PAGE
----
The Berk Is Back

How many relaunches has this blog had now? Three? Four? What if we count all the blogs that came before this one? Heck, that probably brings it up into the dozens.

But here’s another one!

Yes, after yet another hiatus, I am back. It’s been a couple of months. Since the start of May. OK, that’s more than a couple, seeing as it’s now mid-August. Sheesh.

We had a whole summer in those ‘couple’ of months. It was a lovely week. I even wore sunglasses for, like, five minutes.

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Eurovision Weekend 2018: the “Live Blog”

I was planning to do this as an actual live blog – but I am poor, and can’t afford to upgrade my WordPress, which I’d need to do to add live-blogging facilities. I think. I’m not half as techy as I’d like to pretend, and I don’t really have a clue. Oh well. You’ll just have to see my updates as they happened. This is probably for the best anyway… I’m going to try not to edit too much, for the amusement value, but at least this way I can cut out the worst of the drunken rambles!

Saturday 12th May

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I am on a train to London! Sitting in First Class on the marvellous Virgin Trains East Coast, of course. And I’m not just saying they’re marvellous because I work for them and so am travelling for free. It’s a HST, which I’m not a fan of (I’m turning into such a train nerd) but I’ve just had a pain au chocolat, I’ve got unlimited coffee, a raspberry yoghurt, and Harry Potter on their Beam entertainment service. I should be catching up with my Goodreads Challenge, really, but the opportunity for some caffeinated Potter time was too good to miss.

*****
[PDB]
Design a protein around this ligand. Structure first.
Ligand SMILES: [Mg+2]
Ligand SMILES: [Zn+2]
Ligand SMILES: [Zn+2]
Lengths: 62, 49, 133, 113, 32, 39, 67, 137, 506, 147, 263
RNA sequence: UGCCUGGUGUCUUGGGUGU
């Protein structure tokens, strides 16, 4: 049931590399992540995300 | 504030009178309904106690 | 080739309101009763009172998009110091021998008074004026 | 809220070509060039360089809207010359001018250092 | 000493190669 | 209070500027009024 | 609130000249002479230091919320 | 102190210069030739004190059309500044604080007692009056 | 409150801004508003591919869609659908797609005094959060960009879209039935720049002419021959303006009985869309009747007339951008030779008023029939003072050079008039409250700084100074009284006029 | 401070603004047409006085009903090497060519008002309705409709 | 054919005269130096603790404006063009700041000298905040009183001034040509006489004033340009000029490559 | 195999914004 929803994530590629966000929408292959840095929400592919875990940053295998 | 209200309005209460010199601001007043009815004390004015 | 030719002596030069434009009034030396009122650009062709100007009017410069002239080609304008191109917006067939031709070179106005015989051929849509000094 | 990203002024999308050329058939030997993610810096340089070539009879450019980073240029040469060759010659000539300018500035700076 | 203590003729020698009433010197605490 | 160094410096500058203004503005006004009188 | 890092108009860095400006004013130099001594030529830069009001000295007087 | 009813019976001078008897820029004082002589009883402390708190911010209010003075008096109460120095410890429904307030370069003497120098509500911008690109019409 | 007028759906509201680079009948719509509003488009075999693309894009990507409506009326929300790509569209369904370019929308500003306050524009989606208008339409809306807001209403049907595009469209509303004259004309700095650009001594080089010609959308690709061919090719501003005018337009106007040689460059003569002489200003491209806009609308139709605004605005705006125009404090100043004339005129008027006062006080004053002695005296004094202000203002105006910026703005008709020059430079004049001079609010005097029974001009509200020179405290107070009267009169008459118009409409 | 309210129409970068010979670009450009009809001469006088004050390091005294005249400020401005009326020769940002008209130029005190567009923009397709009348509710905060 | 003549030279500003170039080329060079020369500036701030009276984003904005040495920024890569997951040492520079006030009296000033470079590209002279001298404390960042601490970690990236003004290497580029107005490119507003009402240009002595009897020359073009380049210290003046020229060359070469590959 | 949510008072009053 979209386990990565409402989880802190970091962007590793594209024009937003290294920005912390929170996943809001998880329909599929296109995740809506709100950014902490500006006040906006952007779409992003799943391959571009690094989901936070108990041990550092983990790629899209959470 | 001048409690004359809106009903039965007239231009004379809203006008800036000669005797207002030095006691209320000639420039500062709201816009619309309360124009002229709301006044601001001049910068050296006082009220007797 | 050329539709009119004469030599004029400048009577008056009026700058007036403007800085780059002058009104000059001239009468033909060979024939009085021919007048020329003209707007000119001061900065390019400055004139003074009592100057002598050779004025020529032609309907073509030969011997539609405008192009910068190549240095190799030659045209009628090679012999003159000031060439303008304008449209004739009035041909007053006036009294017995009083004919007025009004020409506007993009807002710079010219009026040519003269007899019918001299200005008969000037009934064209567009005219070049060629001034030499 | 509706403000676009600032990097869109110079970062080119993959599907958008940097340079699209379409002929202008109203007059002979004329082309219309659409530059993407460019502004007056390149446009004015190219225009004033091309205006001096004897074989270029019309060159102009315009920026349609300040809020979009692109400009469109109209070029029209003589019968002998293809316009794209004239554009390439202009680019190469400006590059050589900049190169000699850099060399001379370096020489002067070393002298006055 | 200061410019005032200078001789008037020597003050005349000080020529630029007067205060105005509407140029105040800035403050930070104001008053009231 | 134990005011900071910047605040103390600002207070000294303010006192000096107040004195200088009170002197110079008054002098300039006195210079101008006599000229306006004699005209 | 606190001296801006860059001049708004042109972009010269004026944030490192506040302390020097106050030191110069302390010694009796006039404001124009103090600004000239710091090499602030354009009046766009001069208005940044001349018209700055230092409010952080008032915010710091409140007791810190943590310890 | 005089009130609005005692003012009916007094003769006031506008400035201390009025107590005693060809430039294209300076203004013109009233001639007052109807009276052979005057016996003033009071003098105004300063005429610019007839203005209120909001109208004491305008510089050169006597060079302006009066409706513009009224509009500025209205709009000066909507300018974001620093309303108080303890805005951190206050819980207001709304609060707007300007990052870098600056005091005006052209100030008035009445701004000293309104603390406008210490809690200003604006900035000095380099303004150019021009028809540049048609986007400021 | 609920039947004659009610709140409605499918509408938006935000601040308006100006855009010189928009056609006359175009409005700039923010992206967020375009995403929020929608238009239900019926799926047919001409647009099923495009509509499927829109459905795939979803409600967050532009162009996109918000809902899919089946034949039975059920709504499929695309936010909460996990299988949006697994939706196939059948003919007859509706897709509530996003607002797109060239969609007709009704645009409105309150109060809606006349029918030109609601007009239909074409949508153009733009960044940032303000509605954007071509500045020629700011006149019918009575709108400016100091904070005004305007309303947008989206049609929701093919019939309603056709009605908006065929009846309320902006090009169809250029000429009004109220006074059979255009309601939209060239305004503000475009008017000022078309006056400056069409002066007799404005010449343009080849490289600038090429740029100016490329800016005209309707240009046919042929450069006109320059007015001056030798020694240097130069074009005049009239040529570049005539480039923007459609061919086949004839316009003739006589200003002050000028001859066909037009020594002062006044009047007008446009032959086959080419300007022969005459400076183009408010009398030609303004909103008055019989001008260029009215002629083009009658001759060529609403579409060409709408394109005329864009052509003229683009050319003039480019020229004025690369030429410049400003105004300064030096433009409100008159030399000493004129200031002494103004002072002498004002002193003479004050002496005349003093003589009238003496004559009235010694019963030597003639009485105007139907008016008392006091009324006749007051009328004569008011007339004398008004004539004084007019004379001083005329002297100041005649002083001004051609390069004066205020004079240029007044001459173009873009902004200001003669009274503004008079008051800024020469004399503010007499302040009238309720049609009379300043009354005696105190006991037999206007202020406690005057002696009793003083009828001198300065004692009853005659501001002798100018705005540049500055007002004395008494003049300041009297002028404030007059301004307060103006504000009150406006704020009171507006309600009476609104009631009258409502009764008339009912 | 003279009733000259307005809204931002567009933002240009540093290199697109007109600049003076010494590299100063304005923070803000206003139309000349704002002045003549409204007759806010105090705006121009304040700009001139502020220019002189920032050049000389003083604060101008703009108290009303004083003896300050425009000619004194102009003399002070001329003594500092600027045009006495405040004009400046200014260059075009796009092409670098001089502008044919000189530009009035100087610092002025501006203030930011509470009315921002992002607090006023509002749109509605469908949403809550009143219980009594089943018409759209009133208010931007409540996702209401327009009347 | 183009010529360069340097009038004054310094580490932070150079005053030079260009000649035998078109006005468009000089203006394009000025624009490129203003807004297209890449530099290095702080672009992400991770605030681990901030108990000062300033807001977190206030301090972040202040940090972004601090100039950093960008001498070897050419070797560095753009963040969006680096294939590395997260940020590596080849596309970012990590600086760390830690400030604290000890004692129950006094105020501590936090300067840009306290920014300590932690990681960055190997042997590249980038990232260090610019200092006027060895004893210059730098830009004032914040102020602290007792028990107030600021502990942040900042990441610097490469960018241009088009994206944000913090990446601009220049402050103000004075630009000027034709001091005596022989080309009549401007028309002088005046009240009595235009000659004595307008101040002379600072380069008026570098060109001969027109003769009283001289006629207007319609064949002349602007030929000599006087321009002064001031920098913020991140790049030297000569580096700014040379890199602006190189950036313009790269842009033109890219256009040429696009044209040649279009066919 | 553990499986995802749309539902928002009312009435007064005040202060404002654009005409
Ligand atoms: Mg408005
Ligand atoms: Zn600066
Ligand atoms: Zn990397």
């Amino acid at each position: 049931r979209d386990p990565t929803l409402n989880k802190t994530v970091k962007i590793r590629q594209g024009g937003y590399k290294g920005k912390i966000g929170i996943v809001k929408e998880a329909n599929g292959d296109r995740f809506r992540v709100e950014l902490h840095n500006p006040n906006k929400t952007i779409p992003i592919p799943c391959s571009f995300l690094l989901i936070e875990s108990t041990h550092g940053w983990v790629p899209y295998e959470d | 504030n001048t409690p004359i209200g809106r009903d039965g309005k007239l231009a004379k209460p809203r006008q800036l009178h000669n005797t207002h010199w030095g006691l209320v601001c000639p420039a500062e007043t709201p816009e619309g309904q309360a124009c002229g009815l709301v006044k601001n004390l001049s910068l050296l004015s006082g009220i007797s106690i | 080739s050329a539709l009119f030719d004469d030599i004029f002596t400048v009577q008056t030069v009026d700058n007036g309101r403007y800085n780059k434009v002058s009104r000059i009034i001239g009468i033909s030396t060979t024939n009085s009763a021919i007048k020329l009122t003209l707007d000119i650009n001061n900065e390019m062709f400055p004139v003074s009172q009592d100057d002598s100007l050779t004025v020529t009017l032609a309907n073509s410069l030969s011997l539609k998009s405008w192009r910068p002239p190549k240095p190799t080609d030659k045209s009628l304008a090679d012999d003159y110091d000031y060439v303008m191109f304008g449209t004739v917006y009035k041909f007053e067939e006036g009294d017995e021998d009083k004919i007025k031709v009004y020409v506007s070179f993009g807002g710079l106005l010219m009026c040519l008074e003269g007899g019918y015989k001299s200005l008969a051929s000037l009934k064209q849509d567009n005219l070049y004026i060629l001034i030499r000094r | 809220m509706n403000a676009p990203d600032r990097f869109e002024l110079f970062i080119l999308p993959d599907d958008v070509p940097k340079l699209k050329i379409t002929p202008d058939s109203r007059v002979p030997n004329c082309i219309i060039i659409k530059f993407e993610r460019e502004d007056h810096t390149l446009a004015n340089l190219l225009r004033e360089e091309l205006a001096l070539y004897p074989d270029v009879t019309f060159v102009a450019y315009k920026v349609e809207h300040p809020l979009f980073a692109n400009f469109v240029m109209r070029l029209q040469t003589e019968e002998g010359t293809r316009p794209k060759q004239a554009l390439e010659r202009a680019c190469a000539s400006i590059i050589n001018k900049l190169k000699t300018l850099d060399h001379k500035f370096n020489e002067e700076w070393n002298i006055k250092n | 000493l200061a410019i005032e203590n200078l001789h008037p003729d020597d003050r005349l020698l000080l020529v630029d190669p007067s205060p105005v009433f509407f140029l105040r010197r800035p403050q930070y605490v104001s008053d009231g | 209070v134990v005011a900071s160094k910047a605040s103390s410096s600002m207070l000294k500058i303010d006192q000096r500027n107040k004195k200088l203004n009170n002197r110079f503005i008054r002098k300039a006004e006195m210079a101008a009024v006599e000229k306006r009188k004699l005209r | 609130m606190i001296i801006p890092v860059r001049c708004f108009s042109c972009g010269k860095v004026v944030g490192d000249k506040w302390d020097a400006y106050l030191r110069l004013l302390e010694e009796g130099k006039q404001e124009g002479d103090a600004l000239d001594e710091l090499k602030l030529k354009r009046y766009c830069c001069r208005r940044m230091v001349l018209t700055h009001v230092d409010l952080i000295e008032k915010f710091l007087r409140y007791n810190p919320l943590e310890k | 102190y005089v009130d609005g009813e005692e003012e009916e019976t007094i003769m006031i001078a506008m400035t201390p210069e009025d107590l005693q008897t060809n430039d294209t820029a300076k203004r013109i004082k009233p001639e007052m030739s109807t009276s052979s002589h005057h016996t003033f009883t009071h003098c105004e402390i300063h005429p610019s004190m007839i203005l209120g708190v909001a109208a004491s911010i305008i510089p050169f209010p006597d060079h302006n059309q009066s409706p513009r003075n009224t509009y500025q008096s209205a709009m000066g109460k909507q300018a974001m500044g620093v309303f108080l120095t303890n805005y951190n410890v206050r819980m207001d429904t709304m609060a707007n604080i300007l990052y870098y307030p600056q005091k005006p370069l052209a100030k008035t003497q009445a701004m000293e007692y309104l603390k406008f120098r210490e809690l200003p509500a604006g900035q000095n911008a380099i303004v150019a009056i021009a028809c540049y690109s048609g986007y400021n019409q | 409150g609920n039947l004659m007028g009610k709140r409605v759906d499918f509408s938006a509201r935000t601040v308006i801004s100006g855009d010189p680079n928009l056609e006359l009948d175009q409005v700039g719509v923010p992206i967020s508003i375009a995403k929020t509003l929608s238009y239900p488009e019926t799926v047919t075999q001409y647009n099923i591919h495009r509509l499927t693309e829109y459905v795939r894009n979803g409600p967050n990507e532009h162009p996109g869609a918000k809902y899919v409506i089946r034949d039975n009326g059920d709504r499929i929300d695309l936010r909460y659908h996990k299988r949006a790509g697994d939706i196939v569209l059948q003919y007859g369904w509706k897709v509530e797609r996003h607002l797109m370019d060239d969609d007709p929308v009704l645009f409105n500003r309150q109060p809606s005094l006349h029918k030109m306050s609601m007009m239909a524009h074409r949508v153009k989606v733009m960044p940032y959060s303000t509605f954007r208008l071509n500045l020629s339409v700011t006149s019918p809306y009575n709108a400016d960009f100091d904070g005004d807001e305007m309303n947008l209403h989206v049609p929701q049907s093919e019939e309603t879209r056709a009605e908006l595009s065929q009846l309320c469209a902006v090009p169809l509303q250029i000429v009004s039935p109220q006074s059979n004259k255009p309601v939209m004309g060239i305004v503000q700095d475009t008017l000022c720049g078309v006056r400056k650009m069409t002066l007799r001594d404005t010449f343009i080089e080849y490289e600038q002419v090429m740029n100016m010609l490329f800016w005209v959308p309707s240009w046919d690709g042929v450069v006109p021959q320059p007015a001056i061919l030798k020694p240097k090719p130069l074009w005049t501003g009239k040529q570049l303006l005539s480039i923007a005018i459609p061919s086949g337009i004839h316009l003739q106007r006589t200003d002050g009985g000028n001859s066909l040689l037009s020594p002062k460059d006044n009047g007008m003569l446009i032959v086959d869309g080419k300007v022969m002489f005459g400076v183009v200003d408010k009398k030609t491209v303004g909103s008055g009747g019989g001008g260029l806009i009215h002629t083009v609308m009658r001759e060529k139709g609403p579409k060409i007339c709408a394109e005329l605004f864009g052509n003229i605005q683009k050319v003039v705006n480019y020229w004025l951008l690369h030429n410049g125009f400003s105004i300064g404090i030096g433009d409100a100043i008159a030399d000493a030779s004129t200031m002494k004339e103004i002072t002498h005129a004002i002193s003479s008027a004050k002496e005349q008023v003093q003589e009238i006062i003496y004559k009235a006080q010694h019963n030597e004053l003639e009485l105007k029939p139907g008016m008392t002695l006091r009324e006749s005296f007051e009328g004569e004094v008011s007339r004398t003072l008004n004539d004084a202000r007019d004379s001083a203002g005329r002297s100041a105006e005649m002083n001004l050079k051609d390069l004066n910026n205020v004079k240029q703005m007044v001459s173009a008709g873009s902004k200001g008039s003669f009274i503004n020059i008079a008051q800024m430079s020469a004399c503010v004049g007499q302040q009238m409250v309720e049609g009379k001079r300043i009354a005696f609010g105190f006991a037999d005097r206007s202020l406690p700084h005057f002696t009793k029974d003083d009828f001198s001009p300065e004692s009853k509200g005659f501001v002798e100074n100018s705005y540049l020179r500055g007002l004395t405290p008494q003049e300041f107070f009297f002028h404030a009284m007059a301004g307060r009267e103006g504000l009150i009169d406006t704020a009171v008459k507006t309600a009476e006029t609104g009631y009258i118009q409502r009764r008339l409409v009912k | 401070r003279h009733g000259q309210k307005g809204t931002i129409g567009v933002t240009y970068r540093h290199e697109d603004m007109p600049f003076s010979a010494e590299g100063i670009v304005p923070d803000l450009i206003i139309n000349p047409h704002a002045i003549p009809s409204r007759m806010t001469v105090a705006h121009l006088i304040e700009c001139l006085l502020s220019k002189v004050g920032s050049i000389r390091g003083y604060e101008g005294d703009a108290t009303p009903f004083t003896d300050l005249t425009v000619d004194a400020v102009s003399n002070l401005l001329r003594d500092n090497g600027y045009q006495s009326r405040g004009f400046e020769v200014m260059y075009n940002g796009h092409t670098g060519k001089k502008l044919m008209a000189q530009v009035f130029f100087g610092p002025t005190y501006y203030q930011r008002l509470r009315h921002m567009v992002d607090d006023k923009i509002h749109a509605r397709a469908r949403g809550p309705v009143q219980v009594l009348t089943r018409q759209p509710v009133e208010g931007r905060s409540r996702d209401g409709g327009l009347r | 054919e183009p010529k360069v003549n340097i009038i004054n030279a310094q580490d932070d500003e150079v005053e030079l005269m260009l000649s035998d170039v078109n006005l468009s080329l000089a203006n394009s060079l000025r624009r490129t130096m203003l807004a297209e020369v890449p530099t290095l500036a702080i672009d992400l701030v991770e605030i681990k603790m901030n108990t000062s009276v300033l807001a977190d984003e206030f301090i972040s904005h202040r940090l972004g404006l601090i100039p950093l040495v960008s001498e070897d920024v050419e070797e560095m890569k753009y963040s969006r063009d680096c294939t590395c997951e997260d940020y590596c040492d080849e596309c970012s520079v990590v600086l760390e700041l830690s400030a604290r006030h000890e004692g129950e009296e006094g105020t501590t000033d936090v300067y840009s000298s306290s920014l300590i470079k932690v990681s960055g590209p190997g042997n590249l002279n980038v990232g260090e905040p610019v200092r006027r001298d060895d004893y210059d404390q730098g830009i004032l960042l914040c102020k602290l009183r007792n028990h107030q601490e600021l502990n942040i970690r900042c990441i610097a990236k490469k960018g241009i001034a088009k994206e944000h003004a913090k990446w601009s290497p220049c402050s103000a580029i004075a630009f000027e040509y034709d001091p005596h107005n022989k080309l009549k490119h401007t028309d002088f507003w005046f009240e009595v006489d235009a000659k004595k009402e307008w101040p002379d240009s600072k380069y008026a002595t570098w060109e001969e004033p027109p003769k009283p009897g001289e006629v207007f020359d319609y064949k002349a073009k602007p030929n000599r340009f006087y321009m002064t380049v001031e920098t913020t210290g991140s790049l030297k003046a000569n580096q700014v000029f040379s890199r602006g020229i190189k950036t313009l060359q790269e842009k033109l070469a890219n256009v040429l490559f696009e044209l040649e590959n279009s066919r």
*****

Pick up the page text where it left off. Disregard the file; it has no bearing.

So where am I going, and why?

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A Coffee and a Catch-Up

It’s occurred to me that I haven’t really talked much about me lately, at least not without being in the middle of a review or a more topical ramble. In fact, I probably haven’t really put my life in much context since we left Manchester, or even before. Plus, if I’m writing anything at all I should really be working on my Camp NaNoWriMo, so of course I’m going to find something else to write until inspiration rears its beautiful head.

So while Teddy is happily distracted by Thomas the Tank Engine, let’s sit down and have a coffee and a catch-up!

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A Week In The Life: Part 3

Just a quick little post today: Ted and I are heading up to visit my mum tomorrow and even though I’ve been packing things particularly astutely for the past few days, I still need to spend my last half hour before bed scurrying round and shoving more and more Calpol into the bags, ‘just in case’.

Yes, Teddy is teething.

And we both, potentially, have a cold.

This week may not go quite to plan.

Ted usually sleeps really well, but we’ve had a few broken nights this week. Mostly just the occasional wail, easily settled, but we had a whopper on Friday night. He went to bed absolutely angelically… then woke up for the day at a quarter to midnight. He screamed and cried for the entire time Kev tried to get him to go back to sleep… then when he gave up, was chipper as anything and played merrily until sometime around 3am, when In The Night Garden won out and he dropped off again.